Ch. 19, Ponies, Trains, and Walking on the Nawab’s Grave
Normality is a paved road: It's comfortable to walk, but no flowers grow on it.
~ Vincent Van Gogh
Waiting patiently outside the Hazarduarti Palace grounds in Murshidavat, are a number of “horse” drawn carriages. The horses are small—more like ponies—and they carry five of us, two facing forward and two facing backwards, plus the driver who sits below on the framework of the carriage and in front of one forward-facing passenger (me, in this case).
|There I am, in the back which is really the front, with the visor.|
We travel through the bumpy streets and wave at the people who see us coming. These streets seem positively rural when compared to the crush of people in the bazaar and museum.
|Approaching the railroad tracks.|
The pony is urged to speed up, and it does, as we approach a railroad crossing. The idea is to crest the small rise with enough speed to get across the tracks easily and without getting stuck on the rails. Passengers are advised to hang on.
Another block or so after that, we arrive at the ruins of Katra mosque, an Islamic structure built in 1723 A.D., by Nawab Murshid Quli Khan, who also founded this city. As the sign reads, it is famous not only as a large site of Islamic learning, but also because the Nawab requested to be buried beneath the entrance steps so that those entering the temple would walk through his body.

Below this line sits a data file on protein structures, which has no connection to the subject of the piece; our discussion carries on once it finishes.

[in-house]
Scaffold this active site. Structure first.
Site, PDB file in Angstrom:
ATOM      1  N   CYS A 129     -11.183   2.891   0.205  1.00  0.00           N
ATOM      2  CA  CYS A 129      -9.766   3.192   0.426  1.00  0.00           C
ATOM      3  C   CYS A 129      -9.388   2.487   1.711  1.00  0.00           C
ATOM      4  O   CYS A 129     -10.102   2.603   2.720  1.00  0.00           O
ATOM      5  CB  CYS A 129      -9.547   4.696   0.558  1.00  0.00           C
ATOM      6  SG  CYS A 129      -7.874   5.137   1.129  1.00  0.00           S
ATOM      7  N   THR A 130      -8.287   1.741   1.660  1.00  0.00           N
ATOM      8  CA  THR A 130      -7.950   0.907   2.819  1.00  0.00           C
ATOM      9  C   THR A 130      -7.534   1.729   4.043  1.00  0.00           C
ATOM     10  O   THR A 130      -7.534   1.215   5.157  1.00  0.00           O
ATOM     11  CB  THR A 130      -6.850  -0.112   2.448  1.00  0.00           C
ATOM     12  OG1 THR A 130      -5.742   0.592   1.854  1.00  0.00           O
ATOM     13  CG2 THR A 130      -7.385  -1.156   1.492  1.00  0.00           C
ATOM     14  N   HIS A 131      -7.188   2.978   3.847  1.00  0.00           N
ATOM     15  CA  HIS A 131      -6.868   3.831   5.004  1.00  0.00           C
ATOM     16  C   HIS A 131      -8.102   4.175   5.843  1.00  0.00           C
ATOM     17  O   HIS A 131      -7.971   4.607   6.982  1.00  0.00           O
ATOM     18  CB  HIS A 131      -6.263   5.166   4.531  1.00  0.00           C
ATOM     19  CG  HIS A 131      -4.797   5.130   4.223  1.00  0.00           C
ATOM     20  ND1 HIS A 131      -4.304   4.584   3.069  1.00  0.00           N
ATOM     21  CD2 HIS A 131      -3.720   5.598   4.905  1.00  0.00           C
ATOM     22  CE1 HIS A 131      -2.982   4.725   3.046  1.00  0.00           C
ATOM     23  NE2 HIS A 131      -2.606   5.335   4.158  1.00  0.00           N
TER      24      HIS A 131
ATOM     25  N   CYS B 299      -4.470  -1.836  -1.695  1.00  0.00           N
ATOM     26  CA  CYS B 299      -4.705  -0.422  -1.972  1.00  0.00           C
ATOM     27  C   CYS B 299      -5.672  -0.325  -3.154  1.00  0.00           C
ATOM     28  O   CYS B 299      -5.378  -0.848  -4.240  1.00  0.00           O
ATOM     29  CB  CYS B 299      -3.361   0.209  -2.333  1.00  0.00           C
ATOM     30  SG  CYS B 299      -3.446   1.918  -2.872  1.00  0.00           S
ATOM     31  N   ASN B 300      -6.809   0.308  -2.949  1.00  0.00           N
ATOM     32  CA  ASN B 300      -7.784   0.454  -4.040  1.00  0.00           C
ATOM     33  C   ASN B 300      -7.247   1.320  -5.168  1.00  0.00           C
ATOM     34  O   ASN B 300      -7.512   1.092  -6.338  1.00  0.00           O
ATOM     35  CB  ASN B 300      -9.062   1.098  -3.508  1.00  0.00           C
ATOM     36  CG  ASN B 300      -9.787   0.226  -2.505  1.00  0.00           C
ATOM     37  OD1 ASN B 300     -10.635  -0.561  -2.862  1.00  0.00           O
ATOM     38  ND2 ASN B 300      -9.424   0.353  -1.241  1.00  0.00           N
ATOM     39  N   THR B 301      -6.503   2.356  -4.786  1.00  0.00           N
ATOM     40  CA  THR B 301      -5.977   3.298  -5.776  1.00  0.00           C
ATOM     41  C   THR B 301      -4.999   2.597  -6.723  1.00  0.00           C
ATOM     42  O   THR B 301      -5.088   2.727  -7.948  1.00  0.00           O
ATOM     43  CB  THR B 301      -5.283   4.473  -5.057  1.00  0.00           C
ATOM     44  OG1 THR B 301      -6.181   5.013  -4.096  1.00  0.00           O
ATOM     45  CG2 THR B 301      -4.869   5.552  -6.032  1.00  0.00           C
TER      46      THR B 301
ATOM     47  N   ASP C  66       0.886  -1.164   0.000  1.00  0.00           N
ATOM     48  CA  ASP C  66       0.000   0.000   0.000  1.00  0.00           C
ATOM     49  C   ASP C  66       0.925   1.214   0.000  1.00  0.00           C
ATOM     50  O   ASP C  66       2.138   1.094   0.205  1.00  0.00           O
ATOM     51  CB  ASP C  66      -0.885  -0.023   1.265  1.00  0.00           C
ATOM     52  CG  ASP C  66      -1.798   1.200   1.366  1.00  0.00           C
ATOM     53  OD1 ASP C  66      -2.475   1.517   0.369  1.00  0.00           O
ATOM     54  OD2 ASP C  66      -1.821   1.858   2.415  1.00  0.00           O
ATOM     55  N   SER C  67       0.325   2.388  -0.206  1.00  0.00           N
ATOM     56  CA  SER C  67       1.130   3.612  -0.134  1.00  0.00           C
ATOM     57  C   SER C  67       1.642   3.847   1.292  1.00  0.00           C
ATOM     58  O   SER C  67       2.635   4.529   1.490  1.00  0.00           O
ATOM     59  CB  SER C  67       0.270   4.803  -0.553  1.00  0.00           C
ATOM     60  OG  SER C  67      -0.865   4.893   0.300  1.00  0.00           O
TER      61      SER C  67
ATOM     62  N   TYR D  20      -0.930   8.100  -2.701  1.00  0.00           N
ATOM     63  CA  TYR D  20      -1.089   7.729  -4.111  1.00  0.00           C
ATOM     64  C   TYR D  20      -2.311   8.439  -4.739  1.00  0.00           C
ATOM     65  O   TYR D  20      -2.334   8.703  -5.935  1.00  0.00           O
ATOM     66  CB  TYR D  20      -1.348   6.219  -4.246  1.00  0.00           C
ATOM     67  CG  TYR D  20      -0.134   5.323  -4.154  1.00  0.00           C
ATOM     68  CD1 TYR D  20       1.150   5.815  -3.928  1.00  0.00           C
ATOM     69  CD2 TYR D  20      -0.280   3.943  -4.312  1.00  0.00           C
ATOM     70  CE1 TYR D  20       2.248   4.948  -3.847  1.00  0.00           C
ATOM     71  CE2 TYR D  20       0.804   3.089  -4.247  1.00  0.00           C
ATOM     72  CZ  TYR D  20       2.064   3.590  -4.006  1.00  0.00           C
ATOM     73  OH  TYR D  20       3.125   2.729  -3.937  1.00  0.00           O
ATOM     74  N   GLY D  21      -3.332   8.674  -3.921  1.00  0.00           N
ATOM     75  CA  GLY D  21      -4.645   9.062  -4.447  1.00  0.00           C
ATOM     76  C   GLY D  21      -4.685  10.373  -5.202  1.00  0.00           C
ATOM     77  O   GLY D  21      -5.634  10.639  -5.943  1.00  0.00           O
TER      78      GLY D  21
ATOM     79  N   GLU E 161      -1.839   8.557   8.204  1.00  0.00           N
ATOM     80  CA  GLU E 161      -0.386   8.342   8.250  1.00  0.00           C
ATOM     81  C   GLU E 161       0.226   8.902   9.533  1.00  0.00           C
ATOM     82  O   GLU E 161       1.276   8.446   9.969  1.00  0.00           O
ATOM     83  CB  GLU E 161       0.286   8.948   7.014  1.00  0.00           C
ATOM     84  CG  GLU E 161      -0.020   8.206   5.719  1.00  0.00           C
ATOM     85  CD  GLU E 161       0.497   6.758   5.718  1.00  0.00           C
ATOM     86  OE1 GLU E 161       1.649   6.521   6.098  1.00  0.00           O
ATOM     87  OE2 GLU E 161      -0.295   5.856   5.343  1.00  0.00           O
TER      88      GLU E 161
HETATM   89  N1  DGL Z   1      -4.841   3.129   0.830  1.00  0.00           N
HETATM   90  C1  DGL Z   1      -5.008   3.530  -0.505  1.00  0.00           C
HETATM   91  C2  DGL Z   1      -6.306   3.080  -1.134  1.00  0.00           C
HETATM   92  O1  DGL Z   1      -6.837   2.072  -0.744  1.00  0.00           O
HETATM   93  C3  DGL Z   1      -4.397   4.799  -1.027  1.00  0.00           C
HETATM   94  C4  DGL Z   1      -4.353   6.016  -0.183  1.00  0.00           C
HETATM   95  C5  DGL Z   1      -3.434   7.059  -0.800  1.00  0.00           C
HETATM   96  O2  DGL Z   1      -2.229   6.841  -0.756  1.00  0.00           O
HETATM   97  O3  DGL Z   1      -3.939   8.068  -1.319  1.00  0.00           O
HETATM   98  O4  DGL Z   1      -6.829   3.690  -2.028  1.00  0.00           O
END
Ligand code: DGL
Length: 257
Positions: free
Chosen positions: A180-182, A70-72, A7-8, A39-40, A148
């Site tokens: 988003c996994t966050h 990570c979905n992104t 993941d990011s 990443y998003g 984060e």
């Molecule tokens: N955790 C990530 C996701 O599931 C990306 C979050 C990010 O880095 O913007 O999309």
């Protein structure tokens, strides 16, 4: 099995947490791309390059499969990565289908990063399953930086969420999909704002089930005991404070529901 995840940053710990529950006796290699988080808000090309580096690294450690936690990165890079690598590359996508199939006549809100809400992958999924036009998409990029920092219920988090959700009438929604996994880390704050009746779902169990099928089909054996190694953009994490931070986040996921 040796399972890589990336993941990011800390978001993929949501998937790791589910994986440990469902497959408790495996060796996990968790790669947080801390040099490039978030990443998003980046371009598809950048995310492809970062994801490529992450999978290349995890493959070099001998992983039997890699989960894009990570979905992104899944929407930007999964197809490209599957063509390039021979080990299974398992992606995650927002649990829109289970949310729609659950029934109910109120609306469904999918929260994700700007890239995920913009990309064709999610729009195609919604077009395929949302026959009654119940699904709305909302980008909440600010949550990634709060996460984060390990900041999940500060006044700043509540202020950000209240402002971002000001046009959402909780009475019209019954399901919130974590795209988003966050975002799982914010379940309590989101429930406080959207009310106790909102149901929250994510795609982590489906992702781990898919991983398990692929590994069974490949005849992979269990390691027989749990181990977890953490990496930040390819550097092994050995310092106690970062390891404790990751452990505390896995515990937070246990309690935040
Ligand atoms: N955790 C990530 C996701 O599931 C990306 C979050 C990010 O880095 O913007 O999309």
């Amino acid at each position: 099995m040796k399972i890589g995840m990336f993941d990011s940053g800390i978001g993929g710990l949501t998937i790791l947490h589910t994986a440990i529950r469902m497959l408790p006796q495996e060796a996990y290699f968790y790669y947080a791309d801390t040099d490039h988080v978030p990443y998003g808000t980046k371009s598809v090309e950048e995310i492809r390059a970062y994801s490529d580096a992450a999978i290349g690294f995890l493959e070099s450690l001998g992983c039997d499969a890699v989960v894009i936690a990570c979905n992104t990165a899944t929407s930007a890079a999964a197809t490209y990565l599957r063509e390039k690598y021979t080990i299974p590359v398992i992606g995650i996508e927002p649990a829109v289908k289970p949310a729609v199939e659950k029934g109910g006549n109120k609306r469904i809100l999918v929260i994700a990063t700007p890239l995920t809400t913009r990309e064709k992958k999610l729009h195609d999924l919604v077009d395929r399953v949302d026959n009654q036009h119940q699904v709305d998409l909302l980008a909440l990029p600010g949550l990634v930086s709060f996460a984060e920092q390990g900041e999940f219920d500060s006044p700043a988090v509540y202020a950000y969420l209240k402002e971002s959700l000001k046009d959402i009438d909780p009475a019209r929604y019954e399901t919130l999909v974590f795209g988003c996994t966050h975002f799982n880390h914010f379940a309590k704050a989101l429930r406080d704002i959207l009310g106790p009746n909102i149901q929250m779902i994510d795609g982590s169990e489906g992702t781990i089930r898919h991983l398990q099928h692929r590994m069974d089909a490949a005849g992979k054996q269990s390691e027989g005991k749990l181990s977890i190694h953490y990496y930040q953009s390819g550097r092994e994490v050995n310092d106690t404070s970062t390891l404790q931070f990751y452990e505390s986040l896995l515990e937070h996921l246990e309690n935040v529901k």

As creepy as that sounds, he is actually buried in a typical Muslim grave capped with stone, and it is—as he requested—in a small crypt beneath the main stairs. I, however, had to make things difficult and crawled into every dark cubbyhole I found before asking where it was.
|And when I finally found it, it wasn't necessary to crawl.|
After the swarms we encountered earlier, this place is the epitome of peace and quiet with few other visitors and I am enveloped in a great and welcome silence.
The two towers at the corners of the mosque served multiple purposes. They were high places from which men could communicate by signals, could serve as lookouts, and from which the calls to prayer were made. There were also slits built into the sides to provide for musket fire.
Our visit concludes, it’s back aboard the pony carts for a return to the river. This time, the race to the crest of the railroad crossing is halted by the crossing arms deployed and a train rolling past. Then comes the race to the crest for the poor pony which does not have the benefit of a running start.
I attempted to video the approach to the railroad crossing, but the ride was so bumpy I twice accidentally shut off the camera, as you can see....
|Note the rising safety arms for the railroad crossing.|
Over the tracks
And through the streets,
Back to the river we go...
|A vendor's colorful display.|
We remain anchored to the dock for the evening as there is to be a dance exhibition after dinner. I skip dinner and the exhibition, opting instead for bed and a much-needed night’s sleep.
The river portion of this trip is quickly reaching its end, and I’m not sure I’m real pleased about that because I have greatly enjoyed the villages along the sacred Ganga. But, there is much more of India to be explored.
|Flickering firelight on my drapes gets me out of bed to see this. Someone tells me the next day that they're burning trash. I hope so, but the obviously-visible foam plates just below the fires leads me to suspect that.|
|The fire photo above reminds me of this scene from farther up the river. This woman has swept clean the area above her, but it goes no father that the gully, where eventual rains will wash it into the river.|